• Distribution to the Beneficiaries. The personal representative makes distribution to the beneficiaries after all of the difficult and messy issues are resolved. The personal representative might make interim distributions during the administration of the estate, or might wait and only make final distribution to the beneficiaries. For the final distribution, the personal representative can issue a plan of distribution and final accounting to the beneficiaries, to which they can object. In estates with good harmony, the personal representative might only issue an informal accounting and informal plan of distribution, to which they could agree with by signing a waiver or similar document.
  • Discharge and Accounting. The personal representative, at the conclusion of the estate administration, will file a final accounting, plan of distribution, and petition for discharge with the probate court. If the accounting and plan of distribution was waived by the beneficiaries, those documents would not be filed. The clerk’s office at the probate court will review the petition for discharge to ensure that all requirements of a proper probate administration have been complied with, such as filing the inventory, paying (or successfully disputing)all creditor claims, and filing either the final accounting and plan of distribution (or waivers signed by the beneficiaries for such documents).

Find Your Probate Star

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Miami

Niuris Bezanilla

Broward County (Ft. Lauderdale)

Natasha M. Dalton

Orange County (Orlando)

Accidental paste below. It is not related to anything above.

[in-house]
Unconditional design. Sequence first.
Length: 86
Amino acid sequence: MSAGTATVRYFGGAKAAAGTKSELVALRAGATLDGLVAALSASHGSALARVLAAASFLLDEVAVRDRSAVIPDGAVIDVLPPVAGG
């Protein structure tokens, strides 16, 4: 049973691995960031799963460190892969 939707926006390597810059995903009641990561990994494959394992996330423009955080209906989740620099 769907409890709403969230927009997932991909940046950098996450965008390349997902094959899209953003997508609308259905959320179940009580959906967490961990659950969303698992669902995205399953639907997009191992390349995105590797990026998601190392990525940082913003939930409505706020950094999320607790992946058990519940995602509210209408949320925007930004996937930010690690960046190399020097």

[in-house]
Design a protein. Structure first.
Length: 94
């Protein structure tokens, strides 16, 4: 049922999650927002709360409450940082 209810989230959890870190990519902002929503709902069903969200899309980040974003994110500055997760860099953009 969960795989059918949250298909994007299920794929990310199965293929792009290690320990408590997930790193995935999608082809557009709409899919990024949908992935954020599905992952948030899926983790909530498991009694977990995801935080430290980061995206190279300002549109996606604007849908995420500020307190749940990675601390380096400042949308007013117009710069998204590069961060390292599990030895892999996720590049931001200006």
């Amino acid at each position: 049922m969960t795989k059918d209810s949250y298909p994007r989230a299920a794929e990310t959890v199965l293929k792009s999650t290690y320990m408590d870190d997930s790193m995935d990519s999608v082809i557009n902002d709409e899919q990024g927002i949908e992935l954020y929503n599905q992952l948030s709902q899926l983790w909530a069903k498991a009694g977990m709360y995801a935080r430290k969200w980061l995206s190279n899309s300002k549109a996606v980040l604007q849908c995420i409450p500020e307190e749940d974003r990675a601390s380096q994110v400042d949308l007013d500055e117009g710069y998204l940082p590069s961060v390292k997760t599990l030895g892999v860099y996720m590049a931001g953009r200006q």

Philip W. Gunthert

Pinellas County (Clearwater)

Matthew Weidner

Sarasota County

Dawn Bates-Buchanan

Hillsborough County (Tampa)

R. Todd Burbine

Marion County (Ocala)

Katina Pantazis

Palm Beach County

Nicole Quattrocchi

St. Lucie County

Romaine Brown

Collier County (Naples)

Gregory J. Nussbickel

Duval County (Jacksonville)

Long H. Duong

Volusia County (Daytona)

Heather Caeners

Martin County (Stuart)

Jon L. Martin

Pasco County (Port Richey)

Matthew Weidner

Lee County (Ft. Myers)

Scott Kuhn

Sumter County (The Villages)

Matthew Weidner

Polk County (Lakeland)

Lesly Vaillancourt

Complete Guide to Florida Probate

Opening the Probate Estate / Initial Steps
Payment of Creditors, Expenses And Beneficiaries
Florida Spousal and Family Rights
Closing the Probate Estate
Probate Litigation and Will Contests
Florida Probate Quick Guides

Complete Guide to Florida Probate

Opening the Probate Estate - Initial Steps
Payment of Creditors, Expenses And Beneficiaries
Florida Spousal and Family Rights

Find Your Florida Probate Star

Broward County (Ft. Lauderdale)

Natasha M. Dalton

Pasco County (Port Richey)

Matthew Weidner

Sarasota County

Dawn Bates-Buchanan

Palm Beach County

Nicole Quattrocchi

Duval County (Jacksonville)

Long H. Duong

St. Lucie County

Romaine Brown

Orange County (Orlando)

Philip W. Gunthert

Marion County (Ocala)

Katina Pantazis

Pinellas County (Clearwater)

Matthew Weidner

Collier County (Naples)

Gregory J. Nussbickel

Miami

Niuris Bezanilla

Hillsborough County (Tampa)

R. Todd Burbine

Volusia County (Daytona)

Heather Caeners

Martin County (Stuart)

Jon L. Martin

Lee County (Ft. Myers)

Scott Kuhn

Sumter County (The Villages)

Matthew Weidner

Polk County (Lakeland)

Lesly Vaillancourt